A lot of our conflicts are fueled by early childhood experiences, those internalized and unresolved memories that trigger anger and resentment and drastically influence the relationships we have as adults.
Before you can negotiate conflicts, you need to first understand what you bring to them.
What triggers a conflict for you?
What are you feeling and experiencing?
That requires honesty without making excuses. It is so easy to see ourselves as a victim and play the blame game. However, when you give up your responsibility, you also give up your personal power.
As I sat with my friend, having dinner, I was struck by how many couples were sitting opposite each other, engrossed in their cell phones, with only an occasional comment to their partner. Or they were simply sitting quietly, looking out the window or watching the activity in the restaurant, each deep in their own thoughts, with emptiness reflected on their faces.
Where was the active engagement in conversation? Where was the listening, gesturing, offering points of view, and laughing?
Today on my blog and podcast, we’ll discuss the ways in which purposeful conversations are essential to healthy relationships.
When we talk about investments, it usually relates to what stocks we have, or investing in our children’s education, or in our future.
But perhaps the greatest investment we can make is our investment in our relationships.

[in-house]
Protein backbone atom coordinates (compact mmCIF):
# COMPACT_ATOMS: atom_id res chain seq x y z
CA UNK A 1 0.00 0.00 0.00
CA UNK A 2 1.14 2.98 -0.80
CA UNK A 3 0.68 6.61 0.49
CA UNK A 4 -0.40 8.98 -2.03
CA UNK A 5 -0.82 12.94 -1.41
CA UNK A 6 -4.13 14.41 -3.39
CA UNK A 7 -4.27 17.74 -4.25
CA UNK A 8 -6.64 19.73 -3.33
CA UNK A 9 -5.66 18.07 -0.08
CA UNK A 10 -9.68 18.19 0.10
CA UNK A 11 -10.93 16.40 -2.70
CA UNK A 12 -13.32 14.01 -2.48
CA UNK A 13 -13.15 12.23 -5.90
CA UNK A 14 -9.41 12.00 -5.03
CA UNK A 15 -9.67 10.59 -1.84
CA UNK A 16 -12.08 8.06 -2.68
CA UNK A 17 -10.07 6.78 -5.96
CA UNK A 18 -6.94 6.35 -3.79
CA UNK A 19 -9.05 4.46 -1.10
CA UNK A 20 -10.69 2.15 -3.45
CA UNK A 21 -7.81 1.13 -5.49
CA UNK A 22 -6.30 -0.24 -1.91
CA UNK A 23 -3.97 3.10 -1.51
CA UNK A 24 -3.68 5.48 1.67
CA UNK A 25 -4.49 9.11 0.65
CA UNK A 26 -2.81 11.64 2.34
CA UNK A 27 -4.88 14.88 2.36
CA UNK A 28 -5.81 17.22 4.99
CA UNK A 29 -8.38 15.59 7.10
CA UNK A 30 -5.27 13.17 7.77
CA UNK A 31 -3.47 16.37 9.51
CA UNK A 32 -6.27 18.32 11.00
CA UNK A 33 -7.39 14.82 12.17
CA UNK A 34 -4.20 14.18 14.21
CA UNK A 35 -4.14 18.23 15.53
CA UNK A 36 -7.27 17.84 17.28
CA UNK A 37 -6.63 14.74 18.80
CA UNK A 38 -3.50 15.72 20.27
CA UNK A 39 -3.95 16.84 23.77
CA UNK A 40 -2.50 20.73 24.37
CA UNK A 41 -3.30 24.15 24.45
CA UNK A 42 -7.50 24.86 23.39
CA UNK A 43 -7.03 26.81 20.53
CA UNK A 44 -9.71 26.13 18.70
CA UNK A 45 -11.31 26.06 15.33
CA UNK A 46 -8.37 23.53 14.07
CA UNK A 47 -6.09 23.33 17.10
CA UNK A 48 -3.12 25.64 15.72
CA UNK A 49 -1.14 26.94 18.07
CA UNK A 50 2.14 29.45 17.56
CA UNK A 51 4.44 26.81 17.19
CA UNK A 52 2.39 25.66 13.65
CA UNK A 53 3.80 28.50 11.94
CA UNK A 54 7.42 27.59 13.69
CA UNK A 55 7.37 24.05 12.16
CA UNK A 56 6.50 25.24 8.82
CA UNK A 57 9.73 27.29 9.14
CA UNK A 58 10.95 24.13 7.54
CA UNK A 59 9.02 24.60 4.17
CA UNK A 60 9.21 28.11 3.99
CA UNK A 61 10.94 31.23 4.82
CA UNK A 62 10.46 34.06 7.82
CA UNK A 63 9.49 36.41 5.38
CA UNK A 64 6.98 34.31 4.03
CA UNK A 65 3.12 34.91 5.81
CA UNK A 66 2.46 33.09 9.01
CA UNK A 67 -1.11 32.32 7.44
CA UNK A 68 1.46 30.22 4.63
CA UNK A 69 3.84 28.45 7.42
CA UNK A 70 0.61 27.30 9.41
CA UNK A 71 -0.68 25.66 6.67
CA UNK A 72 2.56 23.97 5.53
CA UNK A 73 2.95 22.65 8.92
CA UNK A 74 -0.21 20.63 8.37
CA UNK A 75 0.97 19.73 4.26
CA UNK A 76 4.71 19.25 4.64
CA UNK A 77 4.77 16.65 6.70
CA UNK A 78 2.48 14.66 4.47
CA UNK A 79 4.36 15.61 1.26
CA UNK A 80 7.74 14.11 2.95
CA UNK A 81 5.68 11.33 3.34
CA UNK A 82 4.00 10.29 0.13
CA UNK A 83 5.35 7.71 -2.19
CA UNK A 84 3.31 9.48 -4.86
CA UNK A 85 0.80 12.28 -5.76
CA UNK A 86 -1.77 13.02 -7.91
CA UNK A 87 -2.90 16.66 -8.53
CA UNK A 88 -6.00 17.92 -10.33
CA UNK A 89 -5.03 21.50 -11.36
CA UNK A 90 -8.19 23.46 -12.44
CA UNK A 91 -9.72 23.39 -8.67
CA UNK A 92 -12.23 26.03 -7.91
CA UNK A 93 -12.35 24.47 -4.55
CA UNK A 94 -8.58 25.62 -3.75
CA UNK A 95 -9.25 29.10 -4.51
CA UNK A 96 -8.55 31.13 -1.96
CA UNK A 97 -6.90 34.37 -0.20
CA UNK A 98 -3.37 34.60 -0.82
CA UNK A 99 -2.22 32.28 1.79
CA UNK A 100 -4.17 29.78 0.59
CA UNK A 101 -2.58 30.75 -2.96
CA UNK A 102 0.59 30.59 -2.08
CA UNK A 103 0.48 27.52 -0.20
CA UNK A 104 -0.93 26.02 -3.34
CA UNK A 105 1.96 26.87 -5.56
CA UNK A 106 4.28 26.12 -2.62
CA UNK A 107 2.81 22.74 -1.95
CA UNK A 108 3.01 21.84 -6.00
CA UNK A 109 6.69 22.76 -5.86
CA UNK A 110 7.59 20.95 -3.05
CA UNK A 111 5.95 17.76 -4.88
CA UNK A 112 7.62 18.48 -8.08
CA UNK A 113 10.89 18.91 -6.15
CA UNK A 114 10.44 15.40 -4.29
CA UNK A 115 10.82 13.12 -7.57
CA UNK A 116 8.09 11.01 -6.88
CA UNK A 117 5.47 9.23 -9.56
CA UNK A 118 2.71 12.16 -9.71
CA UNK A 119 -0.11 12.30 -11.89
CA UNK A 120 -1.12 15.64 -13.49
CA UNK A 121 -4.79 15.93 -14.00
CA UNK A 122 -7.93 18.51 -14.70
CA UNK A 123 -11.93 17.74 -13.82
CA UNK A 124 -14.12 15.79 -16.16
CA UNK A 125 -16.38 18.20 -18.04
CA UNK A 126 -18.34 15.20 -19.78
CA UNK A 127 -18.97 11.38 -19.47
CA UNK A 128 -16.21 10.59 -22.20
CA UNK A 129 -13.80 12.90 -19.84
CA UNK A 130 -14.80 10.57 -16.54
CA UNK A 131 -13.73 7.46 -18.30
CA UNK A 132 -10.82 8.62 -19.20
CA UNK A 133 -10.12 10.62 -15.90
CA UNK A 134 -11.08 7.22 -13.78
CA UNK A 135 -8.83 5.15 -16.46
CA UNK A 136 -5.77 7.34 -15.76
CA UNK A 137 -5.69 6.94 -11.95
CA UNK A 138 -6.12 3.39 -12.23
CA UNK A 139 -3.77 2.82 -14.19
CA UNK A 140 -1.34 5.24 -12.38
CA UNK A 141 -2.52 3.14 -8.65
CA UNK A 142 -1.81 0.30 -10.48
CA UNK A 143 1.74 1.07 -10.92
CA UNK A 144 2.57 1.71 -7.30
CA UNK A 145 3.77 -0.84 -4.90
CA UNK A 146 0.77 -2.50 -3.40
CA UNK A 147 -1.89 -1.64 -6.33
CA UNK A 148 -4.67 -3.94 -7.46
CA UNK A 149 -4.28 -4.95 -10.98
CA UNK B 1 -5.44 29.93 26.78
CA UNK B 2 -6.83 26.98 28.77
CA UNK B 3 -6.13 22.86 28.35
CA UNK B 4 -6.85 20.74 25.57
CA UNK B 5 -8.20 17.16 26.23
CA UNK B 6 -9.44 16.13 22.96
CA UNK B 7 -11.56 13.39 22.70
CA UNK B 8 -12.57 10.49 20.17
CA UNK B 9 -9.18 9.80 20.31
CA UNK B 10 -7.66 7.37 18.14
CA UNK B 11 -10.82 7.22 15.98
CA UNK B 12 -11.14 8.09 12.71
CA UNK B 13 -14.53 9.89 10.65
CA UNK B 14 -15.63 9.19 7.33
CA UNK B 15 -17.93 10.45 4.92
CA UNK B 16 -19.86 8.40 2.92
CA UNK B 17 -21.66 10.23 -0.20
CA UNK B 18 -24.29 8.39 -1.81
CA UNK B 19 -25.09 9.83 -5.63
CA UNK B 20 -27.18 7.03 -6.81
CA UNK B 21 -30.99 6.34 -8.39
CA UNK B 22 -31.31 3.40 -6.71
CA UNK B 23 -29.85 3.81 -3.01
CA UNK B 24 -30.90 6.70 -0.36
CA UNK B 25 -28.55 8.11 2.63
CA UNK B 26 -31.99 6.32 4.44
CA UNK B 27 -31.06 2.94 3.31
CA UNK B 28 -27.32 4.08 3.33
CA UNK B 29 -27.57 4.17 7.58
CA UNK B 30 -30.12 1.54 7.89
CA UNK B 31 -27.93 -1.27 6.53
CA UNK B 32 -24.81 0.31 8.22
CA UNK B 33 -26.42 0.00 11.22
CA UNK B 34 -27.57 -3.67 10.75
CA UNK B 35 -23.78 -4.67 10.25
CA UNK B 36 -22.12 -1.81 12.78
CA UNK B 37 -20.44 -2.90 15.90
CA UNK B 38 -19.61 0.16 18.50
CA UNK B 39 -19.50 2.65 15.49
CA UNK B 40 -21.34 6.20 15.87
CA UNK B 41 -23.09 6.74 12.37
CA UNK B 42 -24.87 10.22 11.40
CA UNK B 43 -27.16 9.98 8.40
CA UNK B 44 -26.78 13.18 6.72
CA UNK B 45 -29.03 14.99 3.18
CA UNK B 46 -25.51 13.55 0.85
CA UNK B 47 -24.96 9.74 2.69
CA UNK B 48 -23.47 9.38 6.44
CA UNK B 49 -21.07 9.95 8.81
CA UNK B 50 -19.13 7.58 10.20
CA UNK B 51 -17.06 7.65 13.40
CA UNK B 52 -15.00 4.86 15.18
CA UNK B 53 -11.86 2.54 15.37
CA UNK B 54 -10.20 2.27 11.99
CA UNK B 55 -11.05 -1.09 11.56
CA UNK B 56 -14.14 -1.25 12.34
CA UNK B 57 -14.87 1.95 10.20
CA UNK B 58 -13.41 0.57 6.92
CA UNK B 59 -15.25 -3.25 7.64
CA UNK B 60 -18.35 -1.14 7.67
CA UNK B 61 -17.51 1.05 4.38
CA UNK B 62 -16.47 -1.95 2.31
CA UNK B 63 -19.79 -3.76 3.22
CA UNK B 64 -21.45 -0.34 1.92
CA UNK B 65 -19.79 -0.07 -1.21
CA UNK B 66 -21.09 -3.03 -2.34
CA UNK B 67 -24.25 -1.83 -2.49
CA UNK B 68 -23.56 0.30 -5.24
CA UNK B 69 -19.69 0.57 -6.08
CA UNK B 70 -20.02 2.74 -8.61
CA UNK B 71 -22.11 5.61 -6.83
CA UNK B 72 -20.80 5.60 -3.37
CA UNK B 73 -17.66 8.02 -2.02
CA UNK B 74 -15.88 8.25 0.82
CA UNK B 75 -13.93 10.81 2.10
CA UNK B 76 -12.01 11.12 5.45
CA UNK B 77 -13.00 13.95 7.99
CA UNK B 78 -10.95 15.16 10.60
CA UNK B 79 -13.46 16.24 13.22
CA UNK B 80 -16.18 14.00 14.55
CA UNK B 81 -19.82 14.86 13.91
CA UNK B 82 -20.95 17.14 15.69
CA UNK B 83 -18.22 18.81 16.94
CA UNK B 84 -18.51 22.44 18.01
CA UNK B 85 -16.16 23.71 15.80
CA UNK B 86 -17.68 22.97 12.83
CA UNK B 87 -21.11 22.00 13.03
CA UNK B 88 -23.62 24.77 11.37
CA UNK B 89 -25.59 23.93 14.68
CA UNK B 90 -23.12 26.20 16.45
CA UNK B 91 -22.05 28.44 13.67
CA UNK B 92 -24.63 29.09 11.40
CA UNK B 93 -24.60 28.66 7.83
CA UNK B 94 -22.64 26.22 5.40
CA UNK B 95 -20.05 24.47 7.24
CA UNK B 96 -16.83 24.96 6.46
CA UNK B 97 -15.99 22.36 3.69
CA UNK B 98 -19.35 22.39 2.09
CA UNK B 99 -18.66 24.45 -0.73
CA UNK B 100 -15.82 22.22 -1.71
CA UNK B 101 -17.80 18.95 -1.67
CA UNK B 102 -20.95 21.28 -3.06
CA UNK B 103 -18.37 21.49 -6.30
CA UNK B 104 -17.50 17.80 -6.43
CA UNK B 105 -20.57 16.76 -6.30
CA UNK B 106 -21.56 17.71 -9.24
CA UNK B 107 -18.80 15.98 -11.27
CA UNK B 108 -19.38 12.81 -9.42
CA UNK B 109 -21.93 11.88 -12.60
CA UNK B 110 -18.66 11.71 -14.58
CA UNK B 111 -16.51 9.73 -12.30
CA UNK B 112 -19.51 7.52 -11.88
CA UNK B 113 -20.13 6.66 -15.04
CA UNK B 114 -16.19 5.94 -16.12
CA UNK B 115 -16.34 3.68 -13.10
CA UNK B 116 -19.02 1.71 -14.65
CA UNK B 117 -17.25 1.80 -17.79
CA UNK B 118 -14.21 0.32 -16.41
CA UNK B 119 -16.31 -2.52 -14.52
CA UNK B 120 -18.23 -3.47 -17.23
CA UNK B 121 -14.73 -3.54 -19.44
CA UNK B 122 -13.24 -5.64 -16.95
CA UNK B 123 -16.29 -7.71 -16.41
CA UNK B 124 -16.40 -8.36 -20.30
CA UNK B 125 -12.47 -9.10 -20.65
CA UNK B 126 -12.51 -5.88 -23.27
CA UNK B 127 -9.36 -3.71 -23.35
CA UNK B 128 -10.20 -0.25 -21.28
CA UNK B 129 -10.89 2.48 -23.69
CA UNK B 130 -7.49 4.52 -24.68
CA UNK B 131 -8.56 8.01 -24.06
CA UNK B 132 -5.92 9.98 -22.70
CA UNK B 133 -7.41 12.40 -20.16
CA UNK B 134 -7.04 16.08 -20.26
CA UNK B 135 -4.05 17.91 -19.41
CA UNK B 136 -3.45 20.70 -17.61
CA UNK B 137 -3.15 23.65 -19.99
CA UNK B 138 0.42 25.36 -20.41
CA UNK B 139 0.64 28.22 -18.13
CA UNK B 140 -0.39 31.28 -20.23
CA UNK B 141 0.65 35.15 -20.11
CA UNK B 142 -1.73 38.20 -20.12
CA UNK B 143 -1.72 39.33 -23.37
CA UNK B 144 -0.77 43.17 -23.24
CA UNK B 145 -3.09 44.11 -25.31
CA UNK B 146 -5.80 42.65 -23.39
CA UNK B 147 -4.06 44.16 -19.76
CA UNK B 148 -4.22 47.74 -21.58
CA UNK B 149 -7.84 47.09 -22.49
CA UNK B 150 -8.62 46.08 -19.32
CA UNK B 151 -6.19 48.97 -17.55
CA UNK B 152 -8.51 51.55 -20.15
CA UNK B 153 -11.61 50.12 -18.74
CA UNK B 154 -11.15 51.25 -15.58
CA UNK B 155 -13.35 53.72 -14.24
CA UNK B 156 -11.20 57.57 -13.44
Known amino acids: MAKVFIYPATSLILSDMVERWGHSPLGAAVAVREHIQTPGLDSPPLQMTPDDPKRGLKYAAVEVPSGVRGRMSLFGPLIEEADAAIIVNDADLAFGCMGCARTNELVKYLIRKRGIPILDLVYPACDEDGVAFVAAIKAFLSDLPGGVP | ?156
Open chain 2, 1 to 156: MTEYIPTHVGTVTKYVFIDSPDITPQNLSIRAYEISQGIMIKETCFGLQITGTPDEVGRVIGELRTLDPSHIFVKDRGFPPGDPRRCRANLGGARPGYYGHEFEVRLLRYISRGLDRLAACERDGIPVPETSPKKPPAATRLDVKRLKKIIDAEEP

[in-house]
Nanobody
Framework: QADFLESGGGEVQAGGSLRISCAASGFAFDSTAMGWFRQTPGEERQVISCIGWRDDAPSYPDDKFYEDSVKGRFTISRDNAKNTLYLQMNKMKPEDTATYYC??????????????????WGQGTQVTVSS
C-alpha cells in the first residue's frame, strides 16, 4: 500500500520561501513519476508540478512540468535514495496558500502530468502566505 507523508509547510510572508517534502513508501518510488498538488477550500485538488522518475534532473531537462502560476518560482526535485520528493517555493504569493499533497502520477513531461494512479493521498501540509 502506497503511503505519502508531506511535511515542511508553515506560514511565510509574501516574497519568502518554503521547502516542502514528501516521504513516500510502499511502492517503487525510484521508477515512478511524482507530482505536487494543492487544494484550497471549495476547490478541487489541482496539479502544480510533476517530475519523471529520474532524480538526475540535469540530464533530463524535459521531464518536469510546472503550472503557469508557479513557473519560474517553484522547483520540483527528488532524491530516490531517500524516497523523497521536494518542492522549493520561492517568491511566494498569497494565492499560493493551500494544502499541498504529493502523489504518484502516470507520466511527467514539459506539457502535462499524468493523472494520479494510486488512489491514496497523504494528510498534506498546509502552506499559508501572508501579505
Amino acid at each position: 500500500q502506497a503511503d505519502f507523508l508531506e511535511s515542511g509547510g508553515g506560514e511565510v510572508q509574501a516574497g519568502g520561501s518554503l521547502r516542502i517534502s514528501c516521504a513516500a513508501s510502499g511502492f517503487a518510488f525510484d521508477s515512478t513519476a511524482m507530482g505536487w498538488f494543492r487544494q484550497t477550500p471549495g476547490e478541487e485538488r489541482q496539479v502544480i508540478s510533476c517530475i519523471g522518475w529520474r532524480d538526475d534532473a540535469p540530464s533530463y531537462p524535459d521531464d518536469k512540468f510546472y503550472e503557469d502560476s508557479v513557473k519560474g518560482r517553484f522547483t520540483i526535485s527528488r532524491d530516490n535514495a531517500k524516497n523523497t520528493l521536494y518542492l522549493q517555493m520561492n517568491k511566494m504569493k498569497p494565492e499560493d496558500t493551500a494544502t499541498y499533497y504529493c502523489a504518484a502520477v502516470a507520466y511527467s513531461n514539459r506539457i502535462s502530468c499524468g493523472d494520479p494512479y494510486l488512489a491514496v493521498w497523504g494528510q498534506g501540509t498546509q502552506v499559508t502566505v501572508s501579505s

Today on my blog and podcast, we’ll explore why relationships are such an integral part of healthy living. Plus, I’ll give you four questions to help you think about the relationships you want to invest in.
Do you remember when you were a kid and couldn’t wait to leave home? You couldn’t wait to do things the way you wanted without somebody telling you what you could or could not do.
But whether we like it or not, we take our families of origin with us. That includes our typical way of communicating. Whether through modeled behavior or words spoken, patterns of communication will be repeated from generation to generation until we recognize and replace them.
Today on my blog and podcast, I’ll show you how working through your past enables you to change dysfunctional patterns learned during childhood.
Have you ever sat down with an elderly parent and tried to have a conversation?
It can be difficult to find common things to talk about, because both of you are in a different world space. Most often what is needed is the art of listening. But it also requires knowing how to start a conversation.
Today on my blog and podcast, we’ll discuss the art of relaxed conversation.
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